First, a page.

S. Windomere - Winnetka Heights
W.H. Goodnight was a contractor who built many homes in Winnetka Heights during the early 1900s. He built this craftsman-style bungalow in 1913. The house was originally described as a “six-room cottage” and sold for $2,000. The first owner was John K. Wood, a bond clerk at Citizen’s Bank & Trust Co. Sometime in the 1940s the Lancaster family moved in and daughter Elizabeth lived in the house until she passed away in the late 1980s. The house sat vacant until the late 1990s when the previous owner purchased the home and began extensive renovations. The current owner purchased the home after seeing it was for sale during the 2003 OOCCL Fall Home Tour.
The home’s exterior features include a shed dormer, side-gabled roof, wrap-around front porch, triangular knee braces and exposed rafter tails. The interior of the house was built based on the tenets of the arts and crafts movement with built-in cabinets on either side of the fireplace in the living room, wainscoting and plate rails in the formal dining room and a box beam ceiling in both rooms. Period light fixtures are in use in both rooms. The living room features a red brick fireplace with display niches and matching sconces. French doors are used for the formal dining room and a pocket door is in use for the master bathroom.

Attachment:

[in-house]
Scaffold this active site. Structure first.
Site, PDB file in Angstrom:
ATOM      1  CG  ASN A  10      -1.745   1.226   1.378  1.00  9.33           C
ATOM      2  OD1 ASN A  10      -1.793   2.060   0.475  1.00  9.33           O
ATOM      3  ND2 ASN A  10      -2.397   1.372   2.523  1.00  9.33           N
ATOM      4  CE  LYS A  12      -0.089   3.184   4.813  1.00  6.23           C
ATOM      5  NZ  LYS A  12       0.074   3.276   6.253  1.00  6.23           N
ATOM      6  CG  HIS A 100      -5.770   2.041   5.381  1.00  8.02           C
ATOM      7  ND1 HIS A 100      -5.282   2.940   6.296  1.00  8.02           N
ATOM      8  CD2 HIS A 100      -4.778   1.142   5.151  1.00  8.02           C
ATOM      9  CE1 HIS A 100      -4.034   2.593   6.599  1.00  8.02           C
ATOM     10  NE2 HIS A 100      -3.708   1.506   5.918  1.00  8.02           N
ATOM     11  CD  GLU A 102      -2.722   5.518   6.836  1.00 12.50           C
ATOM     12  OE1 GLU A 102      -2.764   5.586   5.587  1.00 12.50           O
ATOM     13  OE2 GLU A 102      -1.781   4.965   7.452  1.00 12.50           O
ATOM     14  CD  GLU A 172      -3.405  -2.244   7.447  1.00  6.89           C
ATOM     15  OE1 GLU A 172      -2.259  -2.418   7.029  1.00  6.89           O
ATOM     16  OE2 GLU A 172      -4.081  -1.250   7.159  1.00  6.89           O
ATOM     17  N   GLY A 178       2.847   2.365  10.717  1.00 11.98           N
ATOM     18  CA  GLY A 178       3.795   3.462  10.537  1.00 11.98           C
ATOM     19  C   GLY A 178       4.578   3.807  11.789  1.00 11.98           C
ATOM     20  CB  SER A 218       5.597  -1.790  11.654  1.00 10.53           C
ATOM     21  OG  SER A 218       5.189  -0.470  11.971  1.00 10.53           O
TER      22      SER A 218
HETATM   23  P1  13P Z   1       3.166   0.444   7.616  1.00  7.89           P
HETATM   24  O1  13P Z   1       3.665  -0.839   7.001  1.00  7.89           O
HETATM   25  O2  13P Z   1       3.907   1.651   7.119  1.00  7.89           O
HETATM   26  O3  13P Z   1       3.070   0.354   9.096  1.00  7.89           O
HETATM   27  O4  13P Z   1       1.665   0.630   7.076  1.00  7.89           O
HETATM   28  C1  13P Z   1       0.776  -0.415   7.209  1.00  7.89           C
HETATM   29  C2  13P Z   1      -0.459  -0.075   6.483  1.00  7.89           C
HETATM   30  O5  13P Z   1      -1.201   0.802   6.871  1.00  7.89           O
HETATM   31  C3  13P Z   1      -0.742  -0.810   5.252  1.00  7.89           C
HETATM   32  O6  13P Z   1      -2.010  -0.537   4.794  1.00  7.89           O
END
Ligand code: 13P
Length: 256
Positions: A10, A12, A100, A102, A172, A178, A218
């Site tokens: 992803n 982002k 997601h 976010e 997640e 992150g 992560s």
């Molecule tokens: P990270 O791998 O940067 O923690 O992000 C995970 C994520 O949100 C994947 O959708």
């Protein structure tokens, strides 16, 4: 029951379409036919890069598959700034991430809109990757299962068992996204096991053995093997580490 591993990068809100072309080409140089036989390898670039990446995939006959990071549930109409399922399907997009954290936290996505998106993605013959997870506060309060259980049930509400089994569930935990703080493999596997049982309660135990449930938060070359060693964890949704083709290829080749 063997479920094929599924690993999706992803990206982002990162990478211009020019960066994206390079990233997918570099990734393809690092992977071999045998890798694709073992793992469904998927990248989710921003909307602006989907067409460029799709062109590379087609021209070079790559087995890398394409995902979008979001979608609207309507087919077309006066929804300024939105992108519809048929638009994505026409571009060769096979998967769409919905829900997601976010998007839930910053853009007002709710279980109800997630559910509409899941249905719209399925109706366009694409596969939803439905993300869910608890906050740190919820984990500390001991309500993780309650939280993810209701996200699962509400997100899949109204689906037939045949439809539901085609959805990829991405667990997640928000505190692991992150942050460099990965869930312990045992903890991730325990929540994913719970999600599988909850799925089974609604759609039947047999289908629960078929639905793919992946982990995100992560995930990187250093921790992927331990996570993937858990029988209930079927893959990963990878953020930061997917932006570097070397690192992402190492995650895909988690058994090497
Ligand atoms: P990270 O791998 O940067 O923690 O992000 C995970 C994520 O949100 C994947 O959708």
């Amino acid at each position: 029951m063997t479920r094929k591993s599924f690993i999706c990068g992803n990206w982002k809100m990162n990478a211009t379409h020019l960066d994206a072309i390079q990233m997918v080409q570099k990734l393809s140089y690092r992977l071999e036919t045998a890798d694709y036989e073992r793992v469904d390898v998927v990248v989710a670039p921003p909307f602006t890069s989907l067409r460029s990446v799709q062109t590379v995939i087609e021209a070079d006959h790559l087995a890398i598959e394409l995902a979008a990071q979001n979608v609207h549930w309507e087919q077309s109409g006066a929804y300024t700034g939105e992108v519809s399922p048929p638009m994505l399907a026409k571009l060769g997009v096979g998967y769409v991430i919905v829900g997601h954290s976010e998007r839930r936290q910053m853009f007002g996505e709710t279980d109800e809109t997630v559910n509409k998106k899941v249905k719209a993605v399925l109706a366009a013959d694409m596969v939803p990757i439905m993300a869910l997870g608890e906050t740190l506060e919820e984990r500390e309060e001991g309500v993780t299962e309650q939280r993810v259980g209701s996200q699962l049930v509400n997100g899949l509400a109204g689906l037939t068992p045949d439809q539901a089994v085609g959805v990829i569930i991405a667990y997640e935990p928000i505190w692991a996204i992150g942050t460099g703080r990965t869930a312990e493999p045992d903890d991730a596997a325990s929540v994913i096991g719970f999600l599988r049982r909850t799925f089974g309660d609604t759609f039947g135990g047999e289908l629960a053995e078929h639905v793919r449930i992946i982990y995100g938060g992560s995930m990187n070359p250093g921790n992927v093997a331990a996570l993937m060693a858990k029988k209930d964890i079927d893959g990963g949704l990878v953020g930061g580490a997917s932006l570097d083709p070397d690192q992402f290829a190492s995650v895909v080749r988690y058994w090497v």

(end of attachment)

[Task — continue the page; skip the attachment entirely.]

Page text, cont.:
The current owner has an extensive collection of arts and crafts era furnishings acquired over a 22 year period. He began collecting art in 2000 and has put together a combination of paintings and prints from his native state of Arkansas as well as his adopted home of Texas, including some artwork from the Dallas Nine. The home rests on a double lot with large trees providing shade for the back and side yards. The landscape includes a mix of native and adapted trees including three types of oak and eight varieties of Japanese maples.